A lone undergraduate, a handful of graduate students and faculty and staff showed up to the town hall meeting Tuesday to voice their concerns on the strategic plan face-to-face with the provost.
The meeting took place in the middle of the public comment period of the draft and was in the IU Auditorium.
Of the roughly 50,000 people either enrolled in or employed by IU, only 80 have commented on the online draft, Robel said.
Their comments ranged from complaints about salads to broader questions on the plan.
The plan isn’t one for addressing specific issues, but broad goals for the campus, Robel said.
“It’s not a strategic plan for the College of Arts and Sciences,” she said. “It’s not a strategic plan for the Maurer School of Law. It’s not a strategic plan for the School of Informatics. It’s a plan for the campus.”
The provost went through the Strategic Plan by the sections, briefly describing each committee’s intentions and then opening the room up to questions — and there were many.
An academic adviser for undergraduate students expressed his concern at IU’s lack of explanation of the value a liberal arts education can have and the absence of resources in the advising department.
“I think the University has frankly failed to explain this from the get go,” he said.
He earned a smattering of applause when he emphasized that IU wasn’t a vocational college, but a liberal arts college.
“We have to be absolutely firm in being able to explain and to justify and to extol the importance of a Liberal Arts education degree,” Robel said. “We have to, because it’s true.”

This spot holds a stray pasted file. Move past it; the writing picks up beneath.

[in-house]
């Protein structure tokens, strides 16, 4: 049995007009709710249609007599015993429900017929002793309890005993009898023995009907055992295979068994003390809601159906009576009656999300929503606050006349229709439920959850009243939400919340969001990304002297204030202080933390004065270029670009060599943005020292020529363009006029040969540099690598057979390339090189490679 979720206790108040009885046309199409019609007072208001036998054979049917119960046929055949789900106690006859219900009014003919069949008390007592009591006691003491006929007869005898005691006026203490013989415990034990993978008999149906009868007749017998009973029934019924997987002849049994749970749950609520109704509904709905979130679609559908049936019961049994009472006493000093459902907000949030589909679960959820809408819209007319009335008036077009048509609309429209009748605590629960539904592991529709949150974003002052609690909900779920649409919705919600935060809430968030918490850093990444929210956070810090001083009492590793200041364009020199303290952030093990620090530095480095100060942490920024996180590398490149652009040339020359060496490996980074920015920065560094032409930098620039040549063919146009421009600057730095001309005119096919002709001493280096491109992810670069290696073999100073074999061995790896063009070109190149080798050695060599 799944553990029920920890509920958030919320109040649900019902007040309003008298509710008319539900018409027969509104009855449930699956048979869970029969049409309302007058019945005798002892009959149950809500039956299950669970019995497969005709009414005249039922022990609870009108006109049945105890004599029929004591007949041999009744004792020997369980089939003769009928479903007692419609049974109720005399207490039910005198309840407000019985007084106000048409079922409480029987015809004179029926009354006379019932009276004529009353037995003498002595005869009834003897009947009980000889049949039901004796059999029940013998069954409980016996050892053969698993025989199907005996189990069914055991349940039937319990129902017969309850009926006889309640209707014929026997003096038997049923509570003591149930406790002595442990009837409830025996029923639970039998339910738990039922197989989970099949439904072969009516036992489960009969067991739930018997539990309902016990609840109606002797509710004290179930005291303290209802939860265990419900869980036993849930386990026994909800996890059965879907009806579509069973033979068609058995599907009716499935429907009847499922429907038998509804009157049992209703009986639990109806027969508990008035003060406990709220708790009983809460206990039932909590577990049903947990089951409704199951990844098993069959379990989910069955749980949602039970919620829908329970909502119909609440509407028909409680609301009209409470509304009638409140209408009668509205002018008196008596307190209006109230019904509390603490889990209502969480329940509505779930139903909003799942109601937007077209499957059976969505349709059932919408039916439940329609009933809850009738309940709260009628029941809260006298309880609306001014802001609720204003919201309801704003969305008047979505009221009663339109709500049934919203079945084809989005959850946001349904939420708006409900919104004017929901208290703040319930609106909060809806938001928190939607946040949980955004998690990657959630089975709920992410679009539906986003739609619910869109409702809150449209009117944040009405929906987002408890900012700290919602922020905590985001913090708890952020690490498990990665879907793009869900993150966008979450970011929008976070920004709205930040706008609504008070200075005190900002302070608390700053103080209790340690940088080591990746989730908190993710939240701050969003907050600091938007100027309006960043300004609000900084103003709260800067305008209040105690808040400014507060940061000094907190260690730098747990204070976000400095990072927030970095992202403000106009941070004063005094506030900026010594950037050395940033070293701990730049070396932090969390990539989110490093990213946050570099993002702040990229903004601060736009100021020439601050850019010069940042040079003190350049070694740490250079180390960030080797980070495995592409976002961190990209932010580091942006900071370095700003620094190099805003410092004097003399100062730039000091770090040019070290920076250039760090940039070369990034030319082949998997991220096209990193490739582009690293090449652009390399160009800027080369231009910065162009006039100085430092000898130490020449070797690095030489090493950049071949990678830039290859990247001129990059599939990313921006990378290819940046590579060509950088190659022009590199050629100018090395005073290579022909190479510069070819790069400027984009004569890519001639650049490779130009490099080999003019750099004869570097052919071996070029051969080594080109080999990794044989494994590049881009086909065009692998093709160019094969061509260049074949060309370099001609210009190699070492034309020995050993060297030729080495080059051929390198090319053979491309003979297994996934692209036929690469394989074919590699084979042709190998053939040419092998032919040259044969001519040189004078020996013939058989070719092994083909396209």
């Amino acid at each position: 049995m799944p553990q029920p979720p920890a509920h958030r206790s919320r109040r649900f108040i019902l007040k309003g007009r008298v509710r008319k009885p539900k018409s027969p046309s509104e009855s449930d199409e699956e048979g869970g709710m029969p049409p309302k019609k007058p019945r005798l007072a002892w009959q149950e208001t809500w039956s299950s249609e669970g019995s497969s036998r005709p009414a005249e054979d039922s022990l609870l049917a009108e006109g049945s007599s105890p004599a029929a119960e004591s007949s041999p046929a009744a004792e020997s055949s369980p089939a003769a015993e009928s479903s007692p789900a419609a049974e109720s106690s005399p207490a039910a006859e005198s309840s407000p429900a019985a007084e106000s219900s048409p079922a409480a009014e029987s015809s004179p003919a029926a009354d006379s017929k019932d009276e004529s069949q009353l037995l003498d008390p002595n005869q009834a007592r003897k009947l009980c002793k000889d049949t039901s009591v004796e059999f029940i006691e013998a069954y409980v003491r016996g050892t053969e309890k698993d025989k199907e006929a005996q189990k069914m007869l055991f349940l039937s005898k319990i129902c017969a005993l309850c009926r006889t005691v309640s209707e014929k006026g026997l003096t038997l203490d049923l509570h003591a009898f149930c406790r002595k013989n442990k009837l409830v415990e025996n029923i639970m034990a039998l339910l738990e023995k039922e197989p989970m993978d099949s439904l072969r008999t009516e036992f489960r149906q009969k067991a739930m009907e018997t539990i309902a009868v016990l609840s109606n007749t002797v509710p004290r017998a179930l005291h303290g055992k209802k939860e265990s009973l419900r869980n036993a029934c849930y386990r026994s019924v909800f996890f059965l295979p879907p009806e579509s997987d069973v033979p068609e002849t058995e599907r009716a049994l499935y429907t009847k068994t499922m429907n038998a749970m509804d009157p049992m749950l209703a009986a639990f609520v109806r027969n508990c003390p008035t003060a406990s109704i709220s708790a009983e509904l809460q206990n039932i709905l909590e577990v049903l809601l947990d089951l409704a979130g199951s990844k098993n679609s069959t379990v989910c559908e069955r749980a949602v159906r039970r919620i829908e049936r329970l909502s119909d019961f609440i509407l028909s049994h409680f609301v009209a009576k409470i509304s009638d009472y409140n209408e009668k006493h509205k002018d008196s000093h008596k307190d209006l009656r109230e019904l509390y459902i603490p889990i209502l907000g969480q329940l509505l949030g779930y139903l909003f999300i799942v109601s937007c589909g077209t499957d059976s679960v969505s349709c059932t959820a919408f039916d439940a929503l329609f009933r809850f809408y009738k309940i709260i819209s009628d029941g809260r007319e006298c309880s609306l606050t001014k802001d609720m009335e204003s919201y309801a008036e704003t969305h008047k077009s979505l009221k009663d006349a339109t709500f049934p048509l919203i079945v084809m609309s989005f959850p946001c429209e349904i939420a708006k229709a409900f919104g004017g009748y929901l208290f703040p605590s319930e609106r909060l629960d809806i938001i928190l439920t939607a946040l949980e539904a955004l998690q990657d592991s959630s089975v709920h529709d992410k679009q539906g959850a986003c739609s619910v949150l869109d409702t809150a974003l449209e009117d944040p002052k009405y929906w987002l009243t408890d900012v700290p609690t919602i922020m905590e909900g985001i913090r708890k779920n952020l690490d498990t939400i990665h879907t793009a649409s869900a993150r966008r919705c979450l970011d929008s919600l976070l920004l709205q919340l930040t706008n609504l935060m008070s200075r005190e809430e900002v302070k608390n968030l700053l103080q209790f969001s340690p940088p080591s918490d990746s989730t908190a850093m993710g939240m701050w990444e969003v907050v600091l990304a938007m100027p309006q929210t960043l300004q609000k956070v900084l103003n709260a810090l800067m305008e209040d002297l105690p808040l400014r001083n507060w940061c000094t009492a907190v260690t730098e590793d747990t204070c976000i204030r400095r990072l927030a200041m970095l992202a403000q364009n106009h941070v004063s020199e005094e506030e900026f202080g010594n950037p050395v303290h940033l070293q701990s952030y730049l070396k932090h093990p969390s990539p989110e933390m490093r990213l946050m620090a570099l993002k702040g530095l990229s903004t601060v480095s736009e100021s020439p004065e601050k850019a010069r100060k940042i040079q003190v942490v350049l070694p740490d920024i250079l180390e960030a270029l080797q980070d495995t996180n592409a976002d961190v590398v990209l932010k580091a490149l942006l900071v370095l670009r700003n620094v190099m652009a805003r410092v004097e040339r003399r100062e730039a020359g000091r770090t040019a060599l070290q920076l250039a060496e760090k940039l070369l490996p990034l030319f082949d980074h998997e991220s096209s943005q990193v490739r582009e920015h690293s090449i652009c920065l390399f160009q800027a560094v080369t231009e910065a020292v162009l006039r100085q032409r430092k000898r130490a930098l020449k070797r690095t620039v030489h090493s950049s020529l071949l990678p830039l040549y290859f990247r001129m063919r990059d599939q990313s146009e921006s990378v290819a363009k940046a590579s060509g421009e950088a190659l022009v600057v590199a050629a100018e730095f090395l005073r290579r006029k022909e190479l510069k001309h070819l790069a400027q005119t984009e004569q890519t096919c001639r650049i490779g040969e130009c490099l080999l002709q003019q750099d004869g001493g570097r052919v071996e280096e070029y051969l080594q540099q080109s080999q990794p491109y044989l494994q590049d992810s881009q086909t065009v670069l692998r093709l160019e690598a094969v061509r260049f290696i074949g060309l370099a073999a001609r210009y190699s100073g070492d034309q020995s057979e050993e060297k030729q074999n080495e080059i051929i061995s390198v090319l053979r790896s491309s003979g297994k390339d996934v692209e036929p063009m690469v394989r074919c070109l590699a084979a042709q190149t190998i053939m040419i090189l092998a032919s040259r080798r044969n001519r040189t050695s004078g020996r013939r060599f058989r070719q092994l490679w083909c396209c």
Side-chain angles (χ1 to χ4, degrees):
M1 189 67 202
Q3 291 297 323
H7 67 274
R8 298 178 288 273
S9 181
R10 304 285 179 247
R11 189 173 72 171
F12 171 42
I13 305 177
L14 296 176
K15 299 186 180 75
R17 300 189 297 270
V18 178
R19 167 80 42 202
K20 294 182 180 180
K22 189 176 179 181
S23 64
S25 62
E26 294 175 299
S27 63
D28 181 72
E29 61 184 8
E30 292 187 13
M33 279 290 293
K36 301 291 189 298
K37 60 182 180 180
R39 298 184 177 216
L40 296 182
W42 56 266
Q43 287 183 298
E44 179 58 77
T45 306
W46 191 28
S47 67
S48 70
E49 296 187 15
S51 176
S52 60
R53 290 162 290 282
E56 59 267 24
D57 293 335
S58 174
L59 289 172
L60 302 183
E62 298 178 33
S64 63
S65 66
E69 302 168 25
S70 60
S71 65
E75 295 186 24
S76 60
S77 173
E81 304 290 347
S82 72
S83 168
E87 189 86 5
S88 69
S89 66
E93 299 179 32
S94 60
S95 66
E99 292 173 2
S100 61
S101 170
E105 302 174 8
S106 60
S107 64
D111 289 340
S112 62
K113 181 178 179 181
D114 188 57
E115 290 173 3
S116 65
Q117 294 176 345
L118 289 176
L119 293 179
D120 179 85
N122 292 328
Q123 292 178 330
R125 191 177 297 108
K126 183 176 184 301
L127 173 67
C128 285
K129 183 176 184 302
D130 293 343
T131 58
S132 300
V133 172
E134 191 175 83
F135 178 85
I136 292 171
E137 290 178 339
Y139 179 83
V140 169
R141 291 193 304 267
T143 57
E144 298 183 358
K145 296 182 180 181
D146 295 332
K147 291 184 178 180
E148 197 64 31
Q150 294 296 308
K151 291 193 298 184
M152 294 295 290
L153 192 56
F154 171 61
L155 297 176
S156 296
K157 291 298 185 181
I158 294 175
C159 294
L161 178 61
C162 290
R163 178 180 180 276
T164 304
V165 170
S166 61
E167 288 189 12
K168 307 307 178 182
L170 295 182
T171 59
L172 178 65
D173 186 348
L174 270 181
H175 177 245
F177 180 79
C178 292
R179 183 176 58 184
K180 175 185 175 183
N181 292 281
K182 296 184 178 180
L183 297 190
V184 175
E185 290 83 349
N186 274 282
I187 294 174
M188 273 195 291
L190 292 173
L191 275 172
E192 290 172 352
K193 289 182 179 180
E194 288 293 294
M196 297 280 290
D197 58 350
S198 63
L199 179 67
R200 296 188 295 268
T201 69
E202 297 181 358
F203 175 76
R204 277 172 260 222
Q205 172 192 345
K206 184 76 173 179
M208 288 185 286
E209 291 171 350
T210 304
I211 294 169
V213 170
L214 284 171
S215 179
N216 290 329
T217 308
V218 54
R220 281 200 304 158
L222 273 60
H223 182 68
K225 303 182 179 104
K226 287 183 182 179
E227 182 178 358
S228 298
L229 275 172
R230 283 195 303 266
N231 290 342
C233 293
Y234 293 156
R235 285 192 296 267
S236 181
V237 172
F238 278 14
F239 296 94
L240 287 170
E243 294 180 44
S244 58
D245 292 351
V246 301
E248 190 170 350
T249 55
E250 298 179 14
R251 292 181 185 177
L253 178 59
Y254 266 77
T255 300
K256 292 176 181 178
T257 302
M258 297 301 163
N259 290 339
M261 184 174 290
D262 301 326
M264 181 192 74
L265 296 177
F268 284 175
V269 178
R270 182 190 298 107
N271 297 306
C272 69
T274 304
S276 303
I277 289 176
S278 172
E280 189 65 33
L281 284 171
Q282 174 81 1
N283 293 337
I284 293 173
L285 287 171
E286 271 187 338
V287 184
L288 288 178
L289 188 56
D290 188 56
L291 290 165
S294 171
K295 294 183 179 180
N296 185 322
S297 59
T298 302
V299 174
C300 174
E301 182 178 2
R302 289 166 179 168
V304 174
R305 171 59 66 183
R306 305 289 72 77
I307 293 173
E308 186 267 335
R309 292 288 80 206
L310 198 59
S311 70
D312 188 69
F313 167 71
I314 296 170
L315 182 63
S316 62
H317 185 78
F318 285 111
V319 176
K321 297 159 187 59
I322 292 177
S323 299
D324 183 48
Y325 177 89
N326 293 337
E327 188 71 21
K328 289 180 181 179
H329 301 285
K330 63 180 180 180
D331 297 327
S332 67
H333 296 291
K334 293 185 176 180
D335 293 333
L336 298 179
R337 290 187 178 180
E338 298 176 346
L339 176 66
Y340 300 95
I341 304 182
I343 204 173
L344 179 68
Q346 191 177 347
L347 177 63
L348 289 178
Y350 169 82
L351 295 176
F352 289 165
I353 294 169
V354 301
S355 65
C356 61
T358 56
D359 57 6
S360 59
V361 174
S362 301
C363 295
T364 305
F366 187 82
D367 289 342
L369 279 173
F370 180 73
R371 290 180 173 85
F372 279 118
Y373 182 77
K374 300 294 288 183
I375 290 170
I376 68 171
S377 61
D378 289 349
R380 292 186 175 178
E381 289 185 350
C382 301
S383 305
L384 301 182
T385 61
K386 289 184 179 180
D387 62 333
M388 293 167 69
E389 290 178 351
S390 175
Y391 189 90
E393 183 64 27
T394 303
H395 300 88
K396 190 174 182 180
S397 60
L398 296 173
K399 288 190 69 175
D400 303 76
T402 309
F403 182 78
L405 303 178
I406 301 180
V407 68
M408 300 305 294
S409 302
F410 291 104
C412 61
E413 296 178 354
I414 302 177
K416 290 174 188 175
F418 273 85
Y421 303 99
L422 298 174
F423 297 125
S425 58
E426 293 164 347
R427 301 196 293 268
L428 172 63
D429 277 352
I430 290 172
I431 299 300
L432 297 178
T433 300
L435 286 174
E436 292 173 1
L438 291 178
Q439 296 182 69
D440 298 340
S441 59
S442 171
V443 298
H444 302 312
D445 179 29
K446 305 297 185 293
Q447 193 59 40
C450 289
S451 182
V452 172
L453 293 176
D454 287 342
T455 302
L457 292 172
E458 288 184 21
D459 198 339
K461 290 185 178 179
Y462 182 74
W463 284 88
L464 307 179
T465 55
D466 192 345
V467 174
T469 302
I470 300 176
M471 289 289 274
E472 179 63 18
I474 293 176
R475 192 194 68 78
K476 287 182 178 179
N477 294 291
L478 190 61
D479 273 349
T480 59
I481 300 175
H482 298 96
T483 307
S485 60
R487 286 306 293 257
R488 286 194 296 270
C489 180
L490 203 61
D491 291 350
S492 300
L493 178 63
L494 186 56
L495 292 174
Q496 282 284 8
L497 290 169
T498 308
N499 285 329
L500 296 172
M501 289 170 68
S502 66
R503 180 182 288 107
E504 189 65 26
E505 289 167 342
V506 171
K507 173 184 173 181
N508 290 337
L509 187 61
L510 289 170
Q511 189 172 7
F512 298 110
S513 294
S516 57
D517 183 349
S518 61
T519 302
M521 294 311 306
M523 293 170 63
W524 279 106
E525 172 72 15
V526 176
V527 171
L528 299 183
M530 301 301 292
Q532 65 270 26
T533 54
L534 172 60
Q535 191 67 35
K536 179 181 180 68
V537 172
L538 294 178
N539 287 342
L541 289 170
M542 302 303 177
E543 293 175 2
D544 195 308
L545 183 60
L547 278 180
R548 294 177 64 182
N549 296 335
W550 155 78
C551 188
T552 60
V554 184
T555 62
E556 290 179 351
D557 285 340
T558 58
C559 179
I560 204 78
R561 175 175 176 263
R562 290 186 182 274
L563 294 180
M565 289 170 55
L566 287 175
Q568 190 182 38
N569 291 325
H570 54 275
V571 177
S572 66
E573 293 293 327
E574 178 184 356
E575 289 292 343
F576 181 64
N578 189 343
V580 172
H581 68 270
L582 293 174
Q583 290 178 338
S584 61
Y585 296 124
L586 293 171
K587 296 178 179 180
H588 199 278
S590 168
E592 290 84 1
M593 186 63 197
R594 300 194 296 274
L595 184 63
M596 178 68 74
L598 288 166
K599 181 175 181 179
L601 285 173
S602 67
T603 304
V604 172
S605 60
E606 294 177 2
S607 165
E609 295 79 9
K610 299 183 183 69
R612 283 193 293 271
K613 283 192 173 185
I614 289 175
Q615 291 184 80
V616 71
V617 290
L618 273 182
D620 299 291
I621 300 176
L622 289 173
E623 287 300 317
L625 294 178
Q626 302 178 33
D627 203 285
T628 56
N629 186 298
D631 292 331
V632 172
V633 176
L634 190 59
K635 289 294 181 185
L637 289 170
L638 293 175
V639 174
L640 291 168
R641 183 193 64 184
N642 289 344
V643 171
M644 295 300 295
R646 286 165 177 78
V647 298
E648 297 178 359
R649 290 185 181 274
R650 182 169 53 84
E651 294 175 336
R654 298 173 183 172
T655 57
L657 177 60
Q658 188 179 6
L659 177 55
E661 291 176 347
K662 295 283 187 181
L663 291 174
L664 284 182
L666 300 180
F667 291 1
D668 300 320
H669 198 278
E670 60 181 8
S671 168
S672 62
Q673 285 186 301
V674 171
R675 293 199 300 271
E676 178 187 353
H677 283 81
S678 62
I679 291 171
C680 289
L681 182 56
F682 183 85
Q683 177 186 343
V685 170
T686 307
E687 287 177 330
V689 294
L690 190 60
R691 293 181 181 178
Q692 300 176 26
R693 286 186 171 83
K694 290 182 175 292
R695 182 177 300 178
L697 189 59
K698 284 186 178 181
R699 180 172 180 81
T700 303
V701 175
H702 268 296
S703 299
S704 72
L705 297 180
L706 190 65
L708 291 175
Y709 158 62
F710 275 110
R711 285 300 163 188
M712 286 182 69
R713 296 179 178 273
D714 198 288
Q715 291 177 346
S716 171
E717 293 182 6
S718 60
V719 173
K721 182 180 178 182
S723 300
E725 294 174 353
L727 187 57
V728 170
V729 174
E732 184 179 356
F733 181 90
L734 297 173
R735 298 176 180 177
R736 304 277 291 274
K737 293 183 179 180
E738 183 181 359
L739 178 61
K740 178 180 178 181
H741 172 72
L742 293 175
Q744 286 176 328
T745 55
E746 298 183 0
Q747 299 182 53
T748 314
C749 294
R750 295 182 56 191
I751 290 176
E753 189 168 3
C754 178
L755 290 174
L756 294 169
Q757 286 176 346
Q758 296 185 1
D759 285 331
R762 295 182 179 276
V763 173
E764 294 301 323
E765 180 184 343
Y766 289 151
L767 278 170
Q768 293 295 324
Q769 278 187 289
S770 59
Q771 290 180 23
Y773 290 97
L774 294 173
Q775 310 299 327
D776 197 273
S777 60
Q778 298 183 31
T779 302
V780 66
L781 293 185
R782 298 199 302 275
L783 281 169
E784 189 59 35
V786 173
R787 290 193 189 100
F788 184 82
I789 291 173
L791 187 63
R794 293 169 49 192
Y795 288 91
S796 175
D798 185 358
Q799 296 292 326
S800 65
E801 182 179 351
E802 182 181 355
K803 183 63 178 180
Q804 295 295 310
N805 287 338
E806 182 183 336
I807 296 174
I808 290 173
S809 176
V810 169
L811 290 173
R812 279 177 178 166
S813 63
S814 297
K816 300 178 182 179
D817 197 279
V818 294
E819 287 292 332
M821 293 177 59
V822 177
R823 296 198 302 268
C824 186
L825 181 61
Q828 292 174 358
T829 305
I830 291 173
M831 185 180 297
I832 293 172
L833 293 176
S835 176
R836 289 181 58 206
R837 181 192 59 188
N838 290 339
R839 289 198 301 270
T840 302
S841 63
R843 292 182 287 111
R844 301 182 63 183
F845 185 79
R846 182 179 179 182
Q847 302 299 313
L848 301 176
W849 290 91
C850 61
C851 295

She said, in the last year, the campus has put money into the technological infrastructure of advising that will help students and advisers make the most use of their time.
Robel said there haven’t been broad changes on the academic side yet.
A staff member in the School of Public Health asked how staff could stay involved with the plan past the public comment period.
“As we move into the next several weeks, and I hear more from staff and faculty members of all kinds, there will be some changes,” Robel said. “And those implementation steps will be very transparent and we will absolutely need you.”
Maria Bucur-Deckard is associate dean for international programs and part of the “international initiatives: programs and facilities” sub-committee of the strategic plan.
She asked Robel, in light of the idea of building new programs of an experiential nature, like overseas studies programs, if there was a discussion about how Responsibility Centered Management units might be incentivized and held accountable to allocate more funds for overseas opportunities.
“I think if we knew where we were, and we knew where we wanted to be, we would have a compelling set of programs to put in front of potential donors,” Robel said. “I think we can get a long way by figuring out where we want to go, and which of those ideas are really compelling for external support.”
Master’s student Niki Messmore asked Robel how student support services fit into the undergraduate life section of the Strategic Plan.
“That is a place where the campus has been reallocating towards additional staff,” Robel said.
She said a new assistant dean for gender affairs has been hired to focus on that area.
Although Messmore said she probably has follow-up questions on supporting social needs of underrepresented minorities, Messmore said she left the meeting satisfied.
“I felt like my questions got answered,” she said.
The town hall meeting was meant to run until 2 p.m., but Robel cut questions off at 1:30 p.m.
The public comment period of the Strategic Plan ends March 19.